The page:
Saturday, October 3, 2009

Leap of faith

Well, this evening they're having a Big Talent Show at the high school where I teach, and somehow I got roped into performing.

They need the faculty jazz band (they call it "band," but it's "quartet") to play while the judges deliberate on the winner of the show, and they want me to do some magic (prestidigitation magic, not metaphoric magic) while they're setting up the band, both to cover the band setup and so that the faculty have some sort of solo-performer representation.

Well, I'm nervous. When I last rehearsed with the jazzers, I was having issues with my foot slipping off the bass-drum pedal--and let's be honest, I haven't played set more than once or twice since The Diagnosis, and let me tell you: out-of-practice and neurological damage is a bad combination. Oh, I have no doubt that I'll make it through just fine, but I would rather be spending my energy on performing than fighting the drum pedal.

And oh yeah. Magic. Now, I like magic, and the tricks I know, I can do. But I don't perform as much as I'd like (I like performing, but I'm not extroverted enough to just walk up to people and do magic for them), and even a tiny bit out-of-practice (even minus the confounding neurological damage) is not a feeling I like. At all.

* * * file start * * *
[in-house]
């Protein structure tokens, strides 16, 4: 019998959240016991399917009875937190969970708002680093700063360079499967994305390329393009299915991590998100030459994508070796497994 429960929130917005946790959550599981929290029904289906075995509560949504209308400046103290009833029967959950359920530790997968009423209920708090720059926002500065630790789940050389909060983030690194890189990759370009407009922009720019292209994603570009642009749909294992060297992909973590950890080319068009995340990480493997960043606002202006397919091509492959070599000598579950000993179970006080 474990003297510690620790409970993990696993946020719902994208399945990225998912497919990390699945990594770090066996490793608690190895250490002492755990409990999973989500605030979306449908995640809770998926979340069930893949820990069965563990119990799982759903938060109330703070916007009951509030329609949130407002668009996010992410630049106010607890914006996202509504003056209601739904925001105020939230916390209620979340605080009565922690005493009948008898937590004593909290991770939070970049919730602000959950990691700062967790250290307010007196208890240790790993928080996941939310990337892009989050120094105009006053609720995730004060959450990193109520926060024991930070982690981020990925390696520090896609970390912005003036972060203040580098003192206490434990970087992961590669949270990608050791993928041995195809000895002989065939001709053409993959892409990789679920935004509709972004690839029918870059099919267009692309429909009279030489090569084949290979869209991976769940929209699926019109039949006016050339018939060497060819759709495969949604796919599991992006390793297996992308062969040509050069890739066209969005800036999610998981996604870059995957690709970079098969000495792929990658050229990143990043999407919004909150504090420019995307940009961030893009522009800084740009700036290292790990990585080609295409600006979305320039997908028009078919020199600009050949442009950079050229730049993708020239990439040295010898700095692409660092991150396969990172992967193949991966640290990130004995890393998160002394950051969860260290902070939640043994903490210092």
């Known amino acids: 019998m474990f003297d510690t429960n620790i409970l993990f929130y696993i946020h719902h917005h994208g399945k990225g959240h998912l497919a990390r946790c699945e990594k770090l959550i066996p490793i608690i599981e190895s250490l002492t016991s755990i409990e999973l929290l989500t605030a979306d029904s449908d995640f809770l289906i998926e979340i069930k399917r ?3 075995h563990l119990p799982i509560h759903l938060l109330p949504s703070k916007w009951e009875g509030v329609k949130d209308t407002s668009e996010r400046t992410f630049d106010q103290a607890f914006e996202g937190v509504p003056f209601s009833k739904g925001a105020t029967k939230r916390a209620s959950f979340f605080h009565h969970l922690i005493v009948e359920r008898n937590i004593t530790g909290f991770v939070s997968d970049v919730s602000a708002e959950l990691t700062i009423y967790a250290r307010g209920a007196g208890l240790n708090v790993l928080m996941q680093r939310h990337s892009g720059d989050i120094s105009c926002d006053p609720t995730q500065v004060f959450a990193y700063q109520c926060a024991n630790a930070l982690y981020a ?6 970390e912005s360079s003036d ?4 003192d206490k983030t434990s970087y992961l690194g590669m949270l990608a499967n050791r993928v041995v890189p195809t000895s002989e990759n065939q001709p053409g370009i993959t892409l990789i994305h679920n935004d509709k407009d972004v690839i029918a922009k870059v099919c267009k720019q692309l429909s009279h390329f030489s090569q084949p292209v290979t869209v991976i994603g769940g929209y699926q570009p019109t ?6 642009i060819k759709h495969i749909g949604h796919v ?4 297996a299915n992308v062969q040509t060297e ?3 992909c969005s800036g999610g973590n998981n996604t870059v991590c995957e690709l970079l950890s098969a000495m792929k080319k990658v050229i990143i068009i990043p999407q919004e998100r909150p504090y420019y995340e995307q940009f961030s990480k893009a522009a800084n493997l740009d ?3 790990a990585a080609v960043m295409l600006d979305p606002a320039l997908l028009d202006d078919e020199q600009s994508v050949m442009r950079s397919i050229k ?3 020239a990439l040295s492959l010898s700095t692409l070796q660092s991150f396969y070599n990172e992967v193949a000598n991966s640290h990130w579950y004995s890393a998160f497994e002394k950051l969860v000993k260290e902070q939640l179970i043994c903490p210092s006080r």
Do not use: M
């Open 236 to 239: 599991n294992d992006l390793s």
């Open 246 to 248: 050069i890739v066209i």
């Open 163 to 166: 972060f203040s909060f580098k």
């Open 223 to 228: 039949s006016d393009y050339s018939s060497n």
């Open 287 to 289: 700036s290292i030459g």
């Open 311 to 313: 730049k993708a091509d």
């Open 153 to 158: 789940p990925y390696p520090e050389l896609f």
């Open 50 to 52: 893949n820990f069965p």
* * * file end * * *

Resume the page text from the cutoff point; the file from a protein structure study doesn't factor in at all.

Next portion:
Standing up in front of a room full of mixed-gender 15-year-olds and talking about online adult content, and how you really don't want to formulate your ideas about sex from watching ScrewTube home movies, doesn't bother me a bit. Doing card tricks, even the ones that I do--which are very, very carefully selected to have as close to zero failure modes as possible--make me nervous. And oh yeah, I get to walk onto the stage and into the audience without my cane, because I need both hands for the cards. Which means I'm doing it with my shoes off--shoes off, I get more data from my feet and the floor and I don't need the cane (as much), it's how I do all my classes.

But y'know, just talking about it right now... I'm going to stand up in front of four hundred people with my shoes off. You gotta admit, that's pretty funny. Too funny, really, to let myself get that worked up over.

I'll go rehearse the trick a few times, write some handbell music, take it easy. Enjoy what passes for "autumn air" here in LA. Have my favorite pre-performance meal, Thai "tom ka gai" soup. Rehearse with the quartet, then kick back for something like three hours before I go on.

And if I'm nervous and wigging out even a little before I go on, I'm going to look at my stocking feet... and laugh.

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